[News] If Israel's weapons came through a tunnel
news at freedomarchives.org
Thu Feb 12 20:15:39 EST 2009
If Israel's weapons came through a tunnel
Kathy Kelly writing from Chicago, the United States, Live from
Palestine, 12 February 2009
Since I returned from Gaza people have asked me, how do the people of
Gaza manage? How do they keep going after being traumatized by
bombing and punished by a comprehensive state of siege? I wonder
myself. I know that whether the loss of life is on the Gaza or the
Israeli side of the border, bereaved survivors feel the same pain and
misery. On both sides of the border, I think children pull people
through horrendous and horrifying nightmares. Adults squelch their
panic, cry in private and strive to regain semblances of normal life,
wanting to carry their children through a precarious ordeal.
And the children want to help their parents. In Rafah, the morning of
18 January, when it appeared there would be at least a lull in the
bombing, I watched children heap pieces of wood on plastic tarps and
then haul their piles toward their homes. The little ones seemed
proud to be helping their parents recover from the bombing. I'd seen
just this happy resilience among Iraqi children, after the 2003
"Shock and Awe" bombing, as they found bricks for their parents to
use for a makeshift shelter in a bombed military base.
Children who survive bombing are eager to rebuild. They don't know
how jeopardized their lives are, how ready adults are to bomb them again.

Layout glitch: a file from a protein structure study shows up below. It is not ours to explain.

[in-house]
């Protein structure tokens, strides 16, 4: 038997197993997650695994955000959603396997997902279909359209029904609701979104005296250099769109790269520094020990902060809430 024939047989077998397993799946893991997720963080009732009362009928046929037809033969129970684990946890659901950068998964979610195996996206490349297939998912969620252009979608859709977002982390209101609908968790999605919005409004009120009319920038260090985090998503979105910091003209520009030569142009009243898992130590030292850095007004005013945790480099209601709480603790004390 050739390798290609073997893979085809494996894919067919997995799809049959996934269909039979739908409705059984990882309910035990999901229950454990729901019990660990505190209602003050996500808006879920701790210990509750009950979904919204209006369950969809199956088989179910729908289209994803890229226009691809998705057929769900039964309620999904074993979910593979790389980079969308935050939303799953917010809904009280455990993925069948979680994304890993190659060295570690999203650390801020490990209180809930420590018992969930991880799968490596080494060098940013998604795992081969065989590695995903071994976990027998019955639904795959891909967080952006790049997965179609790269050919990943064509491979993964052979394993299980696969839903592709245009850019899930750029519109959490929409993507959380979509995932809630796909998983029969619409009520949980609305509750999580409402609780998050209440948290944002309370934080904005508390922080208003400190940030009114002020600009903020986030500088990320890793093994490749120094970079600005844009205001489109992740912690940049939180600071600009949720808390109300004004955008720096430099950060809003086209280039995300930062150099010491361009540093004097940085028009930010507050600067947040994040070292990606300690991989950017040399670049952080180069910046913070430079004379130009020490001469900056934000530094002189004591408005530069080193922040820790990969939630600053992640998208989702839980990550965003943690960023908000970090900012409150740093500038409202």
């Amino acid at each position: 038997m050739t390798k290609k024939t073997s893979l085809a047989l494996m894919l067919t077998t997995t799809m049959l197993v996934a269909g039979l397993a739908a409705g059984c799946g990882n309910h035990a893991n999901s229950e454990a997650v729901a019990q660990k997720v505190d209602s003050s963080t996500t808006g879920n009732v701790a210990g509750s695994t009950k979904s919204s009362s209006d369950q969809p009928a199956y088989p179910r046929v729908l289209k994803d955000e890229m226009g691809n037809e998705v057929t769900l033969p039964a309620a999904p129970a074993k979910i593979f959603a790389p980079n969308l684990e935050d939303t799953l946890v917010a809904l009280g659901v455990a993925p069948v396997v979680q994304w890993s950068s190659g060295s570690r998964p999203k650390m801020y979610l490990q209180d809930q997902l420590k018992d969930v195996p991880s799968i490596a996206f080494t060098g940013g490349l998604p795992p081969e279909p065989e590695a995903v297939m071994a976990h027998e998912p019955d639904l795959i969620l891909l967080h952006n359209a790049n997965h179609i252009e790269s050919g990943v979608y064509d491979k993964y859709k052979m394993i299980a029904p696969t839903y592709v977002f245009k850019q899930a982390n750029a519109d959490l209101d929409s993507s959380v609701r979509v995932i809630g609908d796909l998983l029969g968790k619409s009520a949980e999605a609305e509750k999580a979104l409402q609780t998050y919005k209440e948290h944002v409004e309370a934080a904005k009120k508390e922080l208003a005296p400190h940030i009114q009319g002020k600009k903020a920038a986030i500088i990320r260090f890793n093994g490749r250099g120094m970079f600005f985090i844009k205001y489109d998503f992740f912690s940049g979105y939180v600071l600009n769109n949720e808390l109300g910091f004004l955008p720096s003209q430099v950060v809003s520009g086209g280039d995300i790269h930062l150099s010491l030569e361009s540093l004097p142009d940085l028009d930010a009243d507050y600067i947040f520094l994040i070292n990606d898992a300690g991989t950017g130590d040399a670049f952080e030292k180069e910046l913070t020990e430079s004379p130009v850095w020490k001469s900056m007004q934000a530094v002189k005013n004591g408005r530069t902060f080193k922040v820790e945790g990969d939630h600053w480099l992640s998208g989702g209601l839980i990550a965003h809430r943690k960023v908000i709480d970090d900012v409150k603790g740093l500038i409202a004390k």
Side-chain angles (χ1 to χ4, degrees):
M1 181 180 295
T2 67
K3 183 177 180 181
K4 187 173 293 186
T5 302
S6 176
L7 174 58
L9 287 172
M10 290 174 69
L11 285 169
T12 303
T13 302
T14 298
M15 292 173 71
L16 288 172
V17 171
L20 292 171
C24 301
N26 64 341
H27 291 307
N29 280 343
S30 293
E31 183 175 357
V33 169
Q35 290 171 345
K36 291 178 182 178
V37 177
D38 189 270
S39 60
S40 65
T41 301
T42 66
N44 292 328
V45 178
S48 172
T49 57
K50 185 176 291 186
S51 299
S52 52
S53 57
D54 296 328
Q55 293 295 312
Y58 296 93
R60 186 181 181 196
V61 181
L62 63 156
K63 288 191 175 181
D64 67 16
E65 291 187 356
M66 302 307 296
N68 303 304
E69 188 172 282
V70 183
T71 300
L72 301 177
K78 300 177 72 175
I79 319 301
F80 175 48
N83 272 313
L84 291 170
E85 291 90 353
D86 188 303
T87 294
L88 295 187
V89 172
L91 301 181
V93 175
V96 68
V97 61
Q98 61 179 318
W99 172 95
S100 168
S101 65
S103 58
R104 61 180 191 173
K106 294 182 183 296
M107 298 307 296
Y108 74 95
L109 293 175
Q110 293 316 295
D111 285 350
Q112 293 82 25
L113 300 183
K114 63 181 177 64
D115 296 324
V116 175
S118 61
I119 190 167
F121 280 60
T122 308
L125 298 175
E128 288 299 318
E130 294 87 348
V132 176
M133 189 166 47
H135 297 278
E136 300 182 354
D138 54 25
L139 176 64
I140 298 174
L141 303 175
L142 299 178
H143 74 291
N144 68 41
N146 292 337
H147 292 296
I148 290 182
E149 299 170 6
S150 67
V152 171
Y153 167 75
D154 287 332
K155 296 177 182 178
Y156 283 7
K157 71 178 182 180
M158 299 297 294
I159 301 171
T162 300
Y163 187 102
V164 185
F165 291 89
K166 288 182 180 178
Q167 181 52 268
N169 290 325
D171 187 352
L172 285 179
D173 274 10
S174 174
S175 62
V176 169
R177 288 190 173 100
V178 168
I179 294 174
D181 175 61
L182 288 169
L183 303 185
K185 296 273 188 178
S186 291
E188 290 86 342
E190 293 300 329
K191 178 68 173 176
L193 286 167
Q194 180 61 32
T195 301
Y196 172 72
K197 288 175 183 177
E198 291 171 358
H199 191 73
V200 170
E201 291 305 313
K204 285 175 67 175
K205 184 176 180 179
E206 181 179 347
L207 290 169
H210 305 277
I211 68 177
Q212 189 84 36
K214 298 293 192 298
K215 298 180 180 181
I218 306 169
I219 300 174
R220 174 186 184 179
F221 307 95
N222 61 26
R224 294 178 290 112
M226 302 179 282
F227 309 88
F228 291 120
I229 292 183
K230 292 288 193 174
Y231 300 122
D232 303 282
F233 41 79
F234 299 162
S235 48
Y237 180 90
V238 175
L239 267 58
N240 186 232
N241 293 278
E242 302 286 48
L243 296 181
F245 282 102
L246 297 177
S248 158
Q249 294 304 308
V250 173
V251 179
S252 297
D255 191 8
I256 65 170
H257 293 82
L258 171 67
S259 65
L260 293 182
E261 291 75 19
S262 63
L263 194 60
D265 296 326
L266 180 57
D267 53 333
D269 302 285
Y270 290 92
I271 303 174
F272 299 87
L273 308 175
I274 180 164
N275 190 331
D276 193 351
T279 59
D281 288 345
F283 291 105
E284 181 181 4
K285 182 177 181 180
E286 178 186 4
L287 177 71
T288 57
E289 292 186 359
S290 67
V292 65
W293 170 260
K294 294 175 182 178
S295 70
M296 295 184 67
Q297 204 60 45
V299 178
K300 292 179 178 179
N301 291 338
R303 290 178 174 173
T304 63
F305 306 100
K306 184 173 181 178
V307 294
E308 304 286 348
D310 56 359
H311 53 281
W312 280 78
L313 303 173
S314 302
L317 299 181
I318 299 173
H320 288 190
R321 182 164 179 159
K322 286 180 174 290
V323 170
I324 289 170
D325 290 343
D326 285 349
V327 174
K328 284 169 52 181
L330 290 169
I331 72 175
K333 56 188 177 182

In Rafah, that morning, an older man stood next to me, watching the
children at work. "You see," he said, looking upward as an Israeli
military surveillance drone flew past, "if I pick up a piece of wood,
if they see me carrying just a piece of wood, they might mistake it
for a weapon, and I will be a target. So these children collect the wood."
While the high-tech drone collected information, "intelligence" that
helps determine targets for more bombing, toddlers collected wood.
Their parents, whose homes were partially destroyed, needed the wood
for warmth at night and for cooking. Because of the Israeli blockade
against Gaza, there wasn't any gas.
With the border crossing at Rafah now sealed again, people who want
to obtain food, fuel, water, construction supplies and goods needed
for everyday life will have to increasingly rely on the damaged
tunnel industry to import these items from the Egyptian side of the
border. Israel's government says that Hamas could use the tunnels to
import weapons, and weapons could kill innocent civilians, so the
Israeli military has no choice but to bomb the neighborhood built up
along the border, as they have been doing.
Suppose that the US weapon makers had to use a tunnel to deliver
weapons to Israel. The US would have to build a mighty big tunnel to
accommodate the weapons that Boeing, Raytheon, Lockheed Martin and
Caterpillar have supplied to Israel. The size of such a tunnel would
be an eighth wonder of the world, a Grand Canyon of a tunnel, an
engineering feat of the ages.
Think of what would have to come through.
Imagine Boeing's shipments to Israel traveling through an enormous
underground tunnel, large enough to accommodate the wingspans of
planes, sturdy enough to allow passage of trucks laden with missiles.
According to the UK's Indymedia Corporate Watch, 2009, Boeing has
sent Israel 18 AH-64D Apache Longbow fighter helicopters, 63 Boeing
F-15 Eagle fighter planes, 102 Boeing F-16 fighter planes, 42 Boeing
AH-64 Apache fighter helicopters, F-16 Peace Marble II and III
Aircraft, four Boeing 777s, and Arrow II interceptors, plus Israel
Aircraft Industries-developed Arrow missiles, and Boeing AGM-114 D
Longbow Hellfire missiles.
In September of last year, the US government approved the sale of